Quantcast
NewsOpinionEssaysCultureSeriesHighlightsEvents
Donate
Share
Created with Lunacy
Women and the Death Penalty

About This Series

While women aren't often sentenced to death in the United States, the paths women have traveled to death row have been laden with abuse and appeals to gender and racial stereotypes that illuminate the broader failures of the criminal legal system. This series examines the stories of executed women and those on death row, and how they fit into the push to abolish the death penalty within a system laden with errors, inequities, and injustice.

Tamar Sarai Davis
A majority of the women sentenced to capital punishment have experienced ongoing abuse since childhood.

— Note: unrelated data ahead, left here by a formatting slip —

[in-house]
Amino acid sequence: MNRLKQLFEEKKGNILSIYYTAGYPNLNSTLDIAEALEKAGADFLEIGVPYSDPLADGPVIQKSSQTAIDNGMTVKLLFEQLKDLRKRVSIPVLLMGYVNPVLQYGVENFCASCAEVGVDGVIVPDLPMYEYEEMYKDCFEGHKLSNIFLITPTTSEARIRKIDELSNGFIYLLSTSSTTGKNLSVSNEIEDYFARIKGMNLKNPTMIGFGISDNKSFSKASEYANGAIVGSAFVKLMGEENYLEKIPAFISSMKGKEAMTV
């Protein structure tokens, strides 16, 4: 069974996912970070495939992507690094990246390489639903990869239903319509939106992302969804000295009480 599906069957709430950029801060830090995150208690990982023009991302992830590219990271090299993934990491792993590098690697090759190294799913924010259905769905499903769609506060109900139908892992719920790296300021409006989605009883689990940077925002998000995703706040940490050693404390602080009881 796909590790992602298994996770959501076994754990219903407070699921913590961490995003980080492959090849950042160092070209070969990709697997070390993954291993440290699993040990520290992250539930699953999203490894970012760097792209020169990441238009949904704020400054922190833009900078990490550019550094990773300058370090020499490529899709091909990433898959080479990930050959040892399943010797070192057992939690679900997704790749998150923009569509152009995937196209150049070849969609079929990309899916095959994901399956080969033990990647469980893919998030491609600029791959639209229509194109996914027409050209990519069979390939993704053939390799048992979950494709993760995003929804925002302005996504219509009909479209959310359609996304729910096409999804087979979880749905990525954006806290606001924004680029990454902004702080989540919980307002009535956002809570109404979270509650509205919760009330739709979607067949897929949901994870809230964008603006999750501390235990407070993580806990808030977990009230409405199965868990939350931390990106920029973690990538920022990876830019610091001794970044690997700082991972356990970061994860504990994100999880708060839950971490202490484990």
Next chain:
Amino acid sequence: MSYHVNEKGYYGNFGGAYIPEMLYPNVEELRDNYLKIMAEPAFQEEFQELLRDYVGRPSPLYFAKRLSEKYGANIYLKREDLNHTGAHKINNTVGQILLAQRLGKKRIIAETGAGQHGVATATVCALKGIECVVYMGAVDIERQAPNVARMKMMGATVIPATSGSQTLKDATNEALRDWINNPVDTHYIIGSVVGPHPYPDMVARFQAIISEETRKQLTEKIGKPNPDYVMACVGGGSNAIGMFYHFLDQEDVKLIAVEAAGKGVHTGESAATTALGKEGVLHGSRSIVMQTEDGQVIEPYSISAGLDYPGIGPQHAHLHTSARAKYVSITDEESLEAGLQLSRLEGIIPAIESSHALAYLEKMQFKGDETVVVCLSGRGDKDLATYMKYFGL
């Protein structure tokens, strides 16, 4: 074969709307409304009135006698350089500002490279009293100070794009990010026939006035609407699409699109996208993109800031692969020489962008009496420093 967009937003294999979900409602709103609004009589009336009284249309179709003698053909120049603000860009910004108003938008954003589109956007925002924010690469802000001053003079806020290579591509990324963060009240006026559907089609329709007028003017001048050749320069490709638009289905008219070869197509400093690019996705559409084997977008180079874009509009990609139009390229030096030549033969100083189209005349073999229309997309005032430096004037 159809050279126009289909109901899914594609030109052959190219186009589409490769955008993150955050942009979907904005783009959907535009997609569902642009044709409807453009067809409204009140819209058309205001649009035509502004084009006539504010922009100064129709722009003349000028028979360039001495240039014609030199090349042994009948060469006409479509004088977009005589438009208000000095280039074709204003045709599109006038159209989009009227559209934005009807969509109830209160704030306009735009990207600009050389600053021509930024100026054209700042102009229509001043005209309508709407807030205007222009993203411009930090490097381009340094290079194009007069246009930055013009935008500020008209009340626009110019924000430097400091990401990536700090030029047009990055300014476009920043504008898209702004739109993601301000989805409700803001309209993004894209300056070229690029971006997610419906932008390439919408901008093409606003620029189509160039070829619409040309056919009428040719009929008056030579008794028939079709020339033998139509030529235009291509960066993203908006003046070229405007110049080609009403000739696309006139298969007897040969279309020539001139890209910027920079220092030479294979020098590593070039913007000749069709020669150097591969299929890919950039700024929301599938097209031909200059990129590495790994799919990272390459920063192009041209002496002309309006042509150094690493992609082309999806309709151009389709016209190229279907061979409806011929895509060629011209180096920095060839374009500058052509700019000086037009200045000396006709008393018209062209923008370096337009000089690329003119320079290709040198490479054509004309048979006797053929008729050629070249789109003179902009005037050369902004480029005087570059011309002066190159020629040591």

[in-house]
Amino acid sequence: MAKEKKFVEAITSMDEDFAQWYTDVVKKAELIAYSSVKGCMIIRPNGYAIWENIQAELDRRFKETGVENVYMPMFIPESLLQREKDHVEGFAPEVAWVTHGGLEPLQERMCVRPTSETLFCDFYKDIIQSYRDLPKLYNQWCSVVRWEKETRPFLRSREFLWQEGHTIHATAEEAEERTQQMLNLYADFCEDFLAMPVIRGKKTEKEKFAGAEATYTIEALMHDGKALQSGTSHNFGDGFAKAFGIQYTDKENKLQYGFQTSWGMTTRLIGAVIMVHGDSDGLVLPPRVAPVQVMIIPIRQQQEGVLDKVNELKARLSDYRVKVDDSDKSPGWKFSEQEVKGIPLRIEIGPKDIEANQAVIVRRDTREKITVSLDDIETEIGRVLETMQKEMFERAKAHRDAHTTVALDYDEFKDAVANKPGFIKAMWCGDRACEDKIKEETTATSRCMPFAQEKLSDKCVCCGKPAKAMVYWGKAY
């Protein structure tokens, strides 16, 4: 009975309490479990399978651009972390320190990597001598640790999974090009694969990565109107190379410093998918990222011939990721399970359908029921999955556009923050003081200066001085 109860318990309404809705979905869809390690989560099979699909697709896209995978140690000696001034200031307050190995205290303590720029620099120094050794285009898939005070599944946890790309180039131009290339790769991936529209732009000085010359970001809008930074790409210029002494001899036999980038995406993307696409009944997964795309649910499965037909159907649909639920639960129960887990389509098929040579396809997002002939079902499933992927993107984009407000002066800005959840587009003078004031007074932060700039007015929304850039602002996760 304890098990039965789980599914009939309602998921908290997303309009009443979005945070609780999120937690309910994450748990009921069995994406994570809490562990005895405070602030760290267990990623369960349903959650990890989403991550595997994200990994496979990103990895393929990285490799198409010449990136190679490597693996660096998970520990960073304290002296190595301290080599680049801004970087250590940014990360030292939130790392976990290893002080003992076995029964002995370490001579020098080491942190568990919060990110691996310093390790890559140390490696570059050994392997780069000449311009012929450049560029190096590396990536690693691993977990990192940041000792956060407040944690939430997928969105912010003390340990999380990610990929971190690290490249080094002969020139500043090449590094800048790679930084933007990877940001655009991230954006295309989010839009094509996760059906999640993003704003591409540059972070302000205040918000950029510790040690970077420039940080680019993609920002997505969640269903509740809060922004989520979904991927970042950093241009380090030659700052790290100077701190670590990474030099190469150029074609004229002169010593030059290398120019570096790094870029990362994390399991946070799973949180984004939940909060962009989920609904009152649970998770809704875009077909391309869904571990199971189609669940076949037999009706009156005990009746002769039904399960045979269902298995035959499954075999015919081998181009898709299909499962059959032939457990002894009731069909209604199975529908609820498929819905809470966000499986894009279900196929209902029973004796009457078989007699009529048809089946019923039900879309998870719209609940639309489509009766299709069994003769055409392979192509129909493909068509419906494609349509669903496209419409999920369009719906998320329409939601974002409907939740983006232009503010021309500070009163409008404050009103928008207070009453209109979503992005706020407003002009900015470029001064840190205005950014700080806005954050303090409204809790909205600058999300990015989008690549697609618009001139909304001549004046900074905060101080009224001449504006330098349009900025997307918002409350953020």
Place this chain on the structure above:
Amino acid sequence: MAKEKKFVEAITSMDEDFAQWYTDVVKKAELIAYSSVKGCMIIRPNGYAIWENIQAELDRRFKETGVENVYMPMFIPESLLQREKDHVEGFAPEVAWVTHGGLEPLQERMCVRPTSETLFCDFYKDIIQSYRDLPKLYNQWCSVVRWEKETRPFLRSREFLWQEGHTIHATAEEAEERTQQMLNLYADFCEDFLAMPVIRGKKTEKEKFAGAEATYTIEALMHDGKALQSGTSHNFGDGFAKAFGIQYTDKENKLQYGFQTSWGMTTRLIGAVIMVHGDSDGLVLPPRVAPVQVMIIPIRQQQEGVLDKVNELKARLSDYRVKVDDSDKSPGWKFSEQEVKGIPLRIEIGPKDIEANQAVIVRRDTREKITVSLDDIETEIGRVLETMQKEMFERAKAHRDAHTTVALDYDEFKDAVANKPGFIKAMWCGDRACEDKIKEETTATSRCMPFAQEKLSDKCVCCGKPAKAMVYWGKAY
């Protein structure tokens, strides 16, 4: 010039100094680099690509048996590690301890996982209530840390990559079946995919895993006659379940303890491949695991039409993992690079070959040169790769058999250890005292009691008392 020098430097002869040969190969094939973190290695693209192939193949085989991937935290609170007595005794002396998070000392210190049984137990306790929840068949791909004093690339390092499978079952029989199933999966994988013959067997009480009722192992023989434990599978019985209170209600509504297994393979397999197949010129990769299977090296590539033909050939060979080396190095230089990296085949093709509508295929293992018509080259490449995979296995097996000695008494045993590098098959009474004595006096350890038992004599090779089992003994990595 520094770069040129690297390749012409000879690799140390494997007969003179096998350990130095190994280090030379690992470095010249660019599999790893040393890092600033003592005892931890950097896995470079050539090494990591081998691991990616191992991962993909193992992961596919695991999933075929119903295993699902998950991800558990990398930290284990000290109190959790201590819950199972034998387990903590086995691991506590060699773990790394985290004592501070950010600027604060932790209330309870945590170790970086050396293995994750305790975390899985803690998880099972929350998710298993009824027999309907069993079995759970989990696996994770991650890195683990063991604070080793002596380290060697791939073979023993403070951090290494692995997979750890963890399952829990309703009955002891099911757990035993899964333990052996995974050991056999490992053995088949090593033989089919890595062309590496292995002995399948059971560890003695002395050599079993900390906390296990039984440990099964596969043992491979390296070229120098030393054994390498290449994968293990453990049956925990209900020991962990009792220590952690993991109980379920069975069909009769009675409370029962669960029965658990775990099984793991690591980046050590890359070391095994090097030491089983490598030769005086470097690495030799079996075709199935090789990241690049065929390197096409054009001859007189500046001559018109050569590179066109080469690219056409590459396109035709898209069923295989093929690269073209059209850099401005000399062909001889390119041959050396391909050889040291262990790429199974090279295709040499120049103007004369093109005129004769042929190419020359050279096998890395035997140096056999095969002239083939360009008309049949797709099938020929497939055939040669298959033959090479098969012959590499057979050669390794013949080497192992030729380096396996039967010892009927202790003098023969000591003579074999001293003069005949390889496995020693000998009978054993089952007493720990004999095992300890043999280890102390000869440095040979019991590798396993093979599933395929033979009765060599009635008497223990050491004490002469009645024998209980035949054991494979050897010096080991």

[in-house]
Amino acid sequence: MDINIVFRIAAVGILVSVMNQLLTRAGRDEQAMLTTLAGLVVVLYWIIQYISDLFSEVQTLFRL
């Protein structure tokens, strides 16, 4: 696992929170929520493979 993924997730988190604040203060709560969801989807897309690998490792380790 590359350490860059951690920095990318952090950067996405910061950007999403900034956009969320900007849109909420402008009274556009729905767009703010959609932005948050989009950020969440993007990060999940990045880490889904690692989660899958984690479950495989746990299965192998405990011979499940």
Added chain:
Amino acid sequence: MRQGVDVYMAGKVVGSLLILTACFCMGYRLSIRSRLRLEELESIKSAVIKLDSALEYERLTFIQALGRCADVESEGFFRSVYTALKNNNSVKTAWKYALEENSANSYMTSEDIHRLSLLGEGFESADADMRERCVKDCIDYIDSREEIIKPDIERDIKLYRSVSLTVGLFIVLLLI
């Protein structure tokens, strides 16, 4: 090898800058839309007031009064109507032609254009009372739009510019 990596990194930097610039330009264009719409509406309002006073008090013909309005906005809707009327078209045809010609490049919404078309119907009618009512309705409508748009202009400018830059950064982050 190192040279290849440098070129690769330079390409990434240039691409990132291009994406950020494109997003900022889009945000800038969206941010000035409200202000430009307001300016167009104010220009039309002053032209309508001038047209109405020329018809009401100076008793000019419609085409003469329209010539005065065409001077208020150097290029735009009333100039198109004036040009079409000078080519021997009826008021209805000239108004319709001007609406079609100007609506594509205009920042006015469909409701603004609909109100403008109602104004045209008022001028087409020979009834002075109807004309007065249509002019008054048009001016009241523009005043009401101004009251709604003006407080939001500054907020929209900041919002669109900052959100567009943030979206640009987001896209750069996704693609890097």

Defendants can be presented as hypersexual, bad mothers and bad wives, or hypermasculine.

On the path to death row, Black women confront inequity and stereotypes at the intersection of race and gender.
Women on death row face solitude, sexual violence, and more, often after lives already marked by trauma.

Stories that challenge the status quo — right in your inbox.
Rectangle
RectangleRectangle

@prismreports

More stories that challenge the status quo - follow us on social.

Created with Lunacy
Donate →

Sections

  • News
  • Opinion
  • Essays
  • Culture
  • Series
  • Highlights
  • Video
  • Events

Join Prism today

Social justice-focused, BIPOC-led news right in your inbox.

Copyright Prism 2020. All rights reserved. Privacy Policy. Site design by: Cultivate Strategies